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Special principles apply when a claim for fraud is based upon an assertion that the defendant concealed material information from the plaintiff, the absence of which causes plaintiff to sustain damages that it would have avoided had it known of the concealed information.  First, the courts require special circumstances to impose a duty to disclose information (as opposed to misrepresenting facts).  Second, a plaintiff must prove that it exercised reasonable diligence in ascertaining the true facts (that were concealed from it).  A recent Appellate Division, Third Department, case addresses both of these principles – Towne v Kingsley, 2018 NY Slip Op 05387 (3d Dep’t Decided on July 19, 2018).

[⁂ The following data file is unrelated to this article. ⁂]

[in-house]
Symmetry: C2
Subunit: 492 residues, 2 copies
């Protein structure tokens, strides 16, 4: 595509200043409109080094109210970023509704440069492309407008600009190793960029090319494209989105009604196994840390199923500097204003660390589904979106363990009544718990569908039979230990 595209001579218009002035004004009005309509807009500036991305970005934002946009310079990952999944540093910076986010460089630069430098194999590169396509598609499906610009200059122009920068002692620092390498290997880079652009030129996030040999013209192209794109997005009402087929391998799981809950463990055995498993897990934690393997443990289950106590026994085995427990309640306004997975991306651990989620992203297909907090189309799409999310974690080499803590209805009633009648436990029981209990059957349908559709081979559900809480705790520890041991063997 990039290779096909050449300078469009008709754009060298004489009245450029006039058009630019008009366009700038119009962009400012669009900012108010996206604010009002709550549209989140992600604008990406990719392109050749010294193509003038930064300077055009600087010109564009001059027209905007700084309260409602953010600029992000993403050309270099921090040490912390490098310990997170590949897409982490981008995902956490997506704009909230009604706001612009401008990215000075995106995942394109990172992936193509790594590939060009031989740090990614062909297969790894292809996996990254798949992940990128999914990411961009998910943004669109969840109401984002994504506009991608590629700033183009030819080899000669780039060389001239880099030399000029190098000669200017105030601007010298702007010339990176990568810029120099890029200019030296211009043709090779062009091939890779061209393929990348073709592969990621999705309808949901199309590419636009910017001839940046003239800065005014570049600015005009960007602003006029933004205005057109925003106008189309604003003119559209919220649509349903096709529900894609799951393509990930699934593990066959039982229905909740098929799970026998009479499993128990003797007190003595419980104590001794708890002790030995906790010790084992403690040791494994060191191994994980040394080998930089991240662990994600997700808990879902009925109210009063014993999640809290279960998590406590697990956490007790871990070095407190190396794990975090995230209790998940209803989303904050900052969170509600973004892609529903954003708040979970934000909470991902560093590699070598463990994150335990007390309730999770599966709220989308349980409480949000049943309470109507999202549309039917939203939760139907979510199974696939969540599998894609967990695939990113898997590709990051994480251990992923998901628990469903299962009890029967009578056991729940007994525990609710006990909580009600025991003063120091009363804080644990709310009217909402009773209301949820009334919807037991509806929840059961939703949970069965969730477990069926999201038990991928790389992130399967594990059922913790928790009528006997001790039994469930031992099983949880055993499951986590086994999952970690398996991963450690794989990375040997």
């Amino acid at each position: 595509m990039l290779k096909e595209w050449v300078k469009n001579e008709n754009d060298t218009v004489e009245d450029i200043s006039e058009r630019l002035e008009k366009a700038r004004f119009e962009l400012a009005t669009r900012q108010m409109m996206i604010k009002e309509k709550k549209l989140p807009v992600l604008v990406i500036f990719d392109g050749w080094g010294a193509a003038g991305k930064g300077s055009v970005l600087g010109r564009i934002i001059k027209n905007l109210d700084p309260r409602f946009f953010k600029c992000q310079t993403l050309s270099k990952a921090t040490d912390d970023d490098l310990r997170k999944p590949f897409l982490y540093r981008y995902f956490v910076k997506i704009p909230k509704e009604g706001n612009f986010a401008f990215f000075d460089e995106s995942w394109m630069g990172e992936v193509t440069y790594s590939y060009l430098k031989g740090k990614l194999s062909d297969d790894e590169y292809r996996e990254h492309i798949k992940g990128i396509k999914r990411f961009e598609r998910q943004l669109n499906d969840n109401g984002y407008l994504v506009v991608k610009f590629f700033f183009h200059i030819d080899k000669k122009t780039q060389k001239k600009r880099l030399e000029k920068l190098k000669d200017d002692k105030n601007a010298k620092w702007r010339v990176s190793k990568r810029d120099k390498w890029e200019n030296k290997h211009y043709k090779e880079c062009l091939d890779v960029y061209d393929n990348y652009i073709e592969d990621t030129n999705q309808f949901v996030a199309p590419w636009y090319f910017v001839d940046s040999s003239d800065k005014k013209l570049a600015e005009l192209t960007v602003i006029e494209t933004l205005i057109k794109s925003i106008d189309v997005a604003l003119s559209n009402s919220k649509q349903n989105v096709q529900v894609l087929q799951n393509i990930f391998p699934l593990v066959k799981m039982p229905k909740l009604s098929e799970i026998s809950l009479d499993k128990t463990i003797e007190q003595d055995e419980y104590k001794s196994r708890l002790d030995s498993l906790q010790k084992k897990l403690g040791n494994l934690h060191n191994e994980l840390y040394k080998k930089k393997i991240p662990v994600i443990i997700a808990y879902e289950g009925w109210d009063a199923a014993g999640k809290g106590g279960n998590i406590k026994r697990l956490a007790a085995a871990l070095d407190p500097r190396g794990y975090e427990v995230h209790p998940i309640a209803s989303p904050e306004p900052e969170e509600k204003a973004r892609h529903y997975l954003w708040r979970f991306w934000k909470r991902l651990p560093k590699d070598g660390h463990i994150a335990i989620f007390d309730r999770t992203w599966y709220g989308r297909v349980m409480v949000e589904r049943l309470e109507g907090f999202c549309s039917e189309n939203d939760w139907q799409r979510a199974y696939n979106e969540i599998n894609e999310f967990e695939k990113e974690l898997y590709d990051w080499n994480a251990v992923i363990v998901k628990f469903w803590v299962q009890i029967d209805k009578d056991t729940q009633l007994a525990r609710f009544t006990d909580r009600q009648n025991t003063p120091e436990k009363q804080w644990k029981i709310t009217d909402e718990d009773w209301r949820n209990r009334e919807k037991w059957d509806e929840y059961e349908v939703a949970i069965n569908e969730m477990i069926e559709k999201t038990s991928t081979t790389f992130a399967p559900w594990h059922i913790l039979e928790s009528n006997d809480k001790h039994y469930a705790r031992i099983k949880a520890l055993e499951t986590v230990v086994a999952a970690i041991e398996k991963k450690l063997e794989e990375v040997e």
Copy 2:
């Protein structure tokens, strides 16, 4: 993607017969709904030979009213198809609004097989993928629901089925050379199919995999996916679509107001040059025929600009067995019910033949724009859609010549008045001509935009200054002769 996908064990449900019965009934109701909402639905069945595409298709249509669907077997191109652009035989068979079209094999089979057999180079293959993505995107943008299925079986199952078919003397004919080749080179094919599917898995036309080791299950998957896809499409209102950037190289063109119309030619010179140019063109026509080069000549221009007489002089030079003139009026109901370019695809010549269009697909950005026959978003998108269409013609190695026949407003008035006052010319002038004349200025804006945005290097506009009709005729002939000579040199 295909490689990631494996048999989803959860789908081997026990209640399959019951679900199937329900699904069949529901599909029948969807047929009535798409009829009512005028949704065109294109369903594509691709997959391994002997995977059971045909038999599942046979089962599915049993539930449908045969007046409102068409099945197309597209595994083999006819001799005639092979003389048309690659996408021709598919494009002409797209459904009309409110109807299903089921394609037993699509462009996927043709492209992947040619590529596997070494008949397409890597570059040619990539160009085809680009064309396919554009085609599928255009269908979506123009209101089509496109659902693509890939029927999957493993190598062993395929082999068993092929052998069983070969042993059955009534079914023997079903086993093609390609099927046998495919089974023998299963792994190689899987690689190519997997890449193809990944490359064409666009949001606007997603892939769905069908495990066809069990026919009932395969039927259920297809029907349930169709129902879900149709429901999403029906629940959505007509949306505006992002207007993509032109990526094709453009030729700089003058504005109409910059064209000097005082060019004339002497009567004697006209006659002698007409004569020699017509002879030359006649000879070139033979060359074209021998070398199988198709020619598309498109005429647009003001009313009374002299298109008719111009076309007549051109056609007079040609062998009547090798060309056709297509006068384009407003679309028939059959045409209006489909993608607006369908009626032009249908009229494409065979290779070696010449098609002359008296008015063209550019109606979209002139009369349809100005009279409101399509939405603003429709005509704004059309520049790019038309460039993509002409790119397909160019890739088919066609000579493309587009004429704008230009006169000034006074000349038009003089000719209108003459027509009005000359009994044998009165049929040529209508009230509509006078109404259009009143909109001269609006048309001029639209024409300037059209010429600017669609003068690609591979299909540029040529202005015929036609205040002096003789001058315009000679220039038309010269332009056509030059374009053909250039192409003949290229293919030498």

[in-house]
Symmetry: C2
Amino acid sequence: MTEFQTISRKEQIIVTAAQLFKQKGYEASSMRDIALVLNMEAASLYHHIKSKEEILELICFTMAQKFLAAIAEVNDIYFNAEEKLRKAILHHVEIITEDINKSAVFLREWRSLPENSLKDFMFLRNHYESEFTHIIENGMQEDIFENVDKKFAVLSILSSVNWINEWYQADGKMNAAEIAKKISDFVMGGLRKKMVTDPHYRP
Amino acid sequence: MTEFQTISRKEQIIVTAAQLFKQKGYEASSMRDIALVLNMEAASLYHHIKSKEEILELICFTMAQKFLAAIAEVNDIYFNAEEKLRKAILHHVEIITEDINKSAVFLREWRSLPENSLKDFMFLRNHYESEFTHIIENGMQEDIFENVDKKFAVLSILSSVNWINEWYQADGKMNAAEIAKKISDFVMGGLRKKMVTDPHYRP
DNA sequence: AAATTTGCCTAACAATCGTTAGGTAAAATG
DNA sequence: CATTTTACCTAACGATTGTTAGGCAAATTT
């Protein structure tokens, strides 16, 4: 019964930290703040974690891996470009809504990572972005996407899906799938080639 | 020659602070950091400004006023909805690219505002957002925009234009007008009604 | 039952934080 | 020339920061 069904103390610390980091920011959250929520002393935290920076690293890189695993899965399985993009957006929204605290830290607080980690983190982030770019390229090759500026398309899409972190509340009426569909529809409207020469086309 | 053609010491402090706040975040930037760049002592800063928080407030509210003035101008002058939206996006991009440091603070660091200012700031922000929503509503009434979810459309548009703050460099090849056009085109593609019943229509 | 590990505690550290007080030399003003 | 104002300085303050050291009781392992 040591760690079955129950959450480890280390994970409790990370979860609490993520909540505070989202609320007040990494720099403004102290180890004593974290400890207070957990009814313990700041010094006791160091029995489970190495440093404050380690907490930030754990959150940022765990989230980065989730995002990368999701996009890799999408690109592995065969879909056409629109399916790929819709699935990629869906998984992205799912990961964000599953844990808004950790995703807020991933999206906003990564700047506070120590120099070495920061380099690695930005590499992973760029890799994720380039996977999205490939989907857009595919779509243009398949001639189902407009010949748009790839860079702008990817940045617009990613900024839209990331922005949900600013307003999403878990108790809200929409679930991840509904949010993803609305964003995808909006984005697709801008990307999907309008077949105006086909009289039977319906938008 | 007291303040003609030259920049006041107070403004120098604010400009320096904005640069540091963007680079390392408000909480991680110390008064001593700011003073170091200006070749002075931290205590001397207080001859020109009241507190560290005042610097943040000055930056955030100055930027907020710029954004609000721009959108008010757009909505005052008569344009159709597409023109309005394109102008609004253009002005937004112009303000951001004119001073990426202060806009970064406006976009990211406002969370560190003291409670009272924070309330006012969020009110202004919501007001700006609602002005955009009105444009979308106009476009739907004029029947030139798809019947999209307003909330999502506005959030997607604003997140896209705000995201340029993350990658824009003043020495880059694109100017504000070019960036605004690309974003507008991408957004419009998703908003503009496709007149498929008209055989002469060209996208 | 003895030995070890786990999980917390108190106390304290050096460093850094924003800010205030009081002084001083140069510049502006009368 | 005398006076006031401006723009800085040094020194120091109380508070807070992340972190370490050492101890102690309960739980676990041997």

Circumstances of Duty to Disclose

As explained in my previous post:

The typical scenario giving rise to a fraud claim involves a misrepresentation of existing fact that is communicated to the plaintiff with the intent to deceive the plaintiff upon which the plaintiff reasonably relies to its detriment. Where the alleged fraud consists of omitting information rather than the misrepresentation of facts, courts typically require special circumstances in order to impose a duty to disclose.  Thus, a fraud claim cannot ordinarily be based on the failure to disclose information rather than a false representation of facts.  There are various circumstances, however, that do serve to impose a duty to disclose and thus liability for fraud if material information is not truthfully revealed.  See generally NY PJI 3:20 Intentional Torts—Fraud And Deceit, N.Y. Pattern Jury Instr.–Civil 3:20.